All About "Wordle"

(an AMAZING Web 2.0 tool!)
Here is a link to the wordle site:

http://www.wordle.net/
(1. Put a link to the site on your page - text in red are instructions for students at LCM)



cute example of a wordle from an 7th grader:
kellywordle.jpg
View this great slideshow about using Wordle in the classroom - fabulous ideas:


2. (Can you show an example of your tool? Use Grab or take a screen shot?)


Click here to go to the Wordle site: http://www.wordle.net/

Reasons for use / see the "Why Wordle?" text below

3. Describe the Tool - why would someone want to use it?
Wordle can be used for a multitude of reasons, including, but not limited to, the following:
  • Creativity
  • Personal Expression
  • Evaluation of "essense" of work - by submitting text to see most prominent words
  • Overview of project
  • Gauge student general understanding of topic, chapter, book

Ease of use

4. How easy is it to use - go into detail- would a student or teacher need an email to use this tool? Can a teacher create 'classroom accounts?"
VERY easy to use, for both teachers and students.

Resources or other info

5. What other info would someone want to have about this tool - other resources or widgets?Include Helpful hints or tips
At the Wordle site look at the Gallery, Forum and FAQ tabs to learn more about Wordle and to answer questions.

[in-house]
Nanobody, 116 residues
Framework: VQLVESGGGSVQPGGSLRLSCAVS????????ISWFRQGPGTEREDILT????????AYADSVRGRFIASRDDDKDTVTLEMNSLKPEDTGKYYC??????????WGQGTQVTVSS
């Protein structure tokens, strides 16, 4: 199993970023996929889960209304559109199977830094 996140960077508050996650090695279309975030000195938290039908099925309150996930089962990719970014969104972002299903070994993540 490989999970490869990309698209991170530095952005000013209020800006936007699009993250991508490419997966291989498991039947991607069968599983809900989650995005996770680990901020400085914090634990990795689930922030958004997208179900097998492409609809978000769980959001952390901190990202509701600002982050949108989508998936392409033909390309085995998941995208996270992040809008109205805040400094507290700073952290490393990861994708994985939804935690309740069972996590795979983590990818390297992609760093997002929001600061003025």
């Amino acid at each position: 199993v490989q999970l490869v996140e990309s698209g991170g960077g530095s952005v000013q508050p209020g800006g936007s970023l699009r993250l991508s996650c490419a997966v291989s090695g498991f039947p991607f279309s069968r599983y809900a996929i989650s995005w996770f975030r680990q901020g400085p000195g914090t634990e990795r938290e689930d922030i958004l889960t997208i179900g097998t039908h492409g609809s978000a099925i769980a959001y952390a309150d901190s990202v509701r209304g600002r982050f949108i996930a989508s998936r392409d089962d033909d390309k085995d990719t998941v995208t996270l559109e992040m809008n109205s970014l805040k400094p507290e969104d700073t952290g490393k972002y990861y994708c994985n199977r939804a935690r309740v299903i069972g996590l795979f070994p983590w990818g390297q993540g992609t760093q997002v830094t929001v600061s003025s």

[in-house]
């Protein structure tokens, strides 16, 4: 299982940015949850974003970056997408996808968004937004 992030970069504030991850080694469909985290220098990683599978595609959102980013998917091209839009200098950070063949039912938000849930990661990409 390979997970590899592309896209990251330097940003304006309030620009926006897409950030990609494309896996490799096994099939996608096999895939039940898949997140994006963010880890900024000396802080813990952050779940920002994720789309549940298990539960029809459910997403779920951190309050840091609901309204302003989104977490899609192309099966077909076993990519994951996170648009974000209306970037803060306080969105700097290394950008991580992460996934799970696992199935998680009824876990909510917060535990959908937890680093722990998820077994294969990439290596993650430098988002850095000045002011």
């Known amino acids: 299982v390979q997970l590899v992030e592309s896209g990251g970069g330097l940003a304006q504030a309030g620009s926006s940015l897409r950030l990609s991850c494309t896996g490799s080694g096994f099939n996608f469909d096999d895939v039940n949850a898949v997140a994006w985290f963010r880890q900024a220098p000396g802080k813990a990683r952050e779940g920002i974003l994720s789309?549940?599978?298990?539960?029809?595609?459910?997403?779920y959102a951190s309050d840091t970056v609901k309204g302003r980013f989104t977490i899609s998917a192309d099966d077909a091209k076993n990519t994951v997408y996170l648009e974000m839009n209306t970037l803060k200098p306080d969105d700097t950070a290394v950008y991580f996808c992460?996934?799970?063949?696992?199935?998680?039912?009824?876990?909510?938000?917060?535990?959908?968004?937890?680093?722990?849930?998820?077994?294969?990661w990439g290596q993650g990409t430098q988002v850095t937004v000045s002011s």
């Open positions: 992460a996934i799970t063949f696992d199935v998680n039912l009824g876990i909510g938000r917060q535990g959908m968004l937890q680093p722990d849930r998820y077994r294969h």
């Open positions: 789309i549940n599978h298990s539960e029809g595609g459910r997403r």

How to Use it in the Classroom

6. Think about how would YOU want to use it in the classroom - what are the possibilities? ask friends?
  • Students and teachers can use it as a creative piece of art
  • Describe a main or favorite character in a book using descriptive words
  • Write synonyms to describe a topic or concept
  • Write a poem or prayer and turn it into a wordle

Why Wordle?


At a recent workshop I was showing some teachers what a Wordle was. I used one I created from my blog as an example.



We talked a little about how easy the program was to use (for teachers and students) and how they would explain what the image showed when they created some with their kids. But there was one question that caught me a little off guard. Why would I use this in my class? I tried to give the teacher as many examples as I could (summarizing text, survey results, etc) but she still couldn't wrap her mind around it. I wanted to hear from other classroom teachers and have them tell me what they used it for, in the hopes that not only this teacher would understand but I would have an amazing list the next time I talk about Wordle. (And so would you!)

I did what any good educator does; I turned to my PLN on Twitter. I sent out a tweet: